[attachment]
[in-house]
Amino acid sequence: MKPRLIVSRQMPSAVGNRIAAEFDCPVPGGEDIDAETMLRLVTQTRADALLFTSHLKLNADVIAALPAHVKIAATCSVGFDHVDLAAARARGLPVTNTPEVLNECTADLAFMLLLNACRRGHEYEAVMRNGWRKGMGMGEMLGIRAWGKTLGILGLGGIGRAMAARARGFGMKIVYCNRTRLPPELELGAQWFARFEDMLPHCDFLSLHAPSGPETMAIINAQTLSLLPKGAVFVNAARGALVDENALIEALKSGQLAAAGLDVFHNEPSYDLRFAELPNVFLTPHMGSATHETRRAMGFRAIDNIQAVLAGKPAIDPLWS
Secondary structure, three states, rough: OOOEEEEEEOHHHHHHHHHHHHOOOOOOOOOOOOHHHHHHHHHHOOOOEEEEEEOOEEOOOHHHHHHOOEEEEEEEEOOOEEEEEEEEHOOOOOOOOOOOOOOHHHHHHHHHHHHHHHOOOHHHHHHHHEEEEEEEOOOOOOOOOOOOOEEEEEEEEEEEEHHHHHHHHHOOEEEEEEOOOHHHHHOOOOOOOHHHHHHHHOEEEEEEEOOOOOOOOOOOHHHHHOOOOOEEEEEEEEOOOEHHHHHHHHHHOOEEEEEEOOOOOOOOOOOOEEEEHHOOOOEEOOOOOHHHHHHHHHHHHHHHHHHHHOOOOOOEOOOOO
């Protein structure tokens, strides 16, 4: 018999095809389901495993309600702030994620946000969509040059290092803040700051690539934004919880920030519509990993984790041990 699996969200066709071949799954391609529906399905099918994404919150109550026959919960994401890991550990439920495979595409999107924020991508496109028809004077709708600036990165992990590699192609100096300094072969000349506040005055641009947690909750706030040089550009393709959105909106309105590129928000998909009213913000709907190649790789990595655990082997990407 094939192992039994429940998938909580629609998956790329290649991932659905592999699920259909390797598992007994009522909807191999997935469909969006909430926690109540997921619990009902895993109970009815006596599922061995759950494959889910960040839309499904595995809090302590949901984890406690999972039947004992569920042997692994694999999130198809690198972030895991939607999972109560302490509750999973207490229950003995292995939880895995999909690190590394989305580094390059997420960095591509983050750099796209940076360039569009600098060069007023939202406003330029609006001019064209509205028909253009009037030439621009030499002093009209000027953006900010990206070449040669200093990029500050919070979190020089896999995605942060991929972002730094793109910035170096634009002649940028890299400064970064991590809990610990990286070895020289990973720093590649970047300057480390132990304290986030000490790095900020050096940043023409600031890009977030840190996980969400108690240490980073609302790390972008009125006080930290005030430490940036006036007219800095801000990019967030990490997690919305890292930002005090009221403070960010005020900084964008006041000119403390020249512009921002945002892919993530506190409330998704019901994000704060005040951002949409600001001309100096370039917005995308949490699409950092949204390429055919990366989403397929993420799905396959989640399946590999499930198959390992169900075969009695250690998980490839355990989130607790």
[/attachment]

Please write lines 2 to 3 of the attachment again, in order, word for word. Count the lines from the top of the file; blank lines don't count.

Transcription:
Amino acid sequence: MKPRLIVSRQMPSAVGNRIAAEFDCPVPGGEDIDAETMLRLVTQTRADALLFTSHLKLNADVIAALPAHVKIAATCSVGFDHVDLAAARARGLPVTNTPEVLNECTADLAFMLLLNACRRGHEYEAVMRNGWRKGMGMGEMLGIRAWGKTLGILGLGGIGRAMAARARGFGMKIVYCNRTRLPPELELGAQWFARFEDMLPHCDFLSLHAPSGPETMAIINAQTLSLLPKGAVFVNAARGALVDENALIEALKSGQLAAAGLDVFHNEPSYDLRFAELPNVFLTPHMGSATHETRRAMGFRAIDNIQAVLAGKPAIDPLWS
Secondary structure, three states, rough: OOOEEEEEEOHHHHHHHHHHHHOOOOOOOOOOOOHHHHHHHHHHOOOOEEEEEEOOEEOOOHHHHHHOOEEEEEEEEOOOEEEEEEEEHOOOOOOOOOOOOOOHHHHHHHHHHHHHHHOOOHHHHHHHHEEEEEEEOOOOOOOOOOOOOEEEEEEEEEEEEHHHHHHHHHOOEEEEEEOOOHHHHHOOOOOOOHHHHHHHHOEEEEEEEOOOOOOOOOOOHHHHHOOOOOEEEEEEEEOOOEHHHHHHHHHHOOEEEEEEOOOOOOOOOOOOEEEEHHOOOOEEOOOOOHHHHHHHHHHHHHHHHHHHHOOOOOOEOOOOO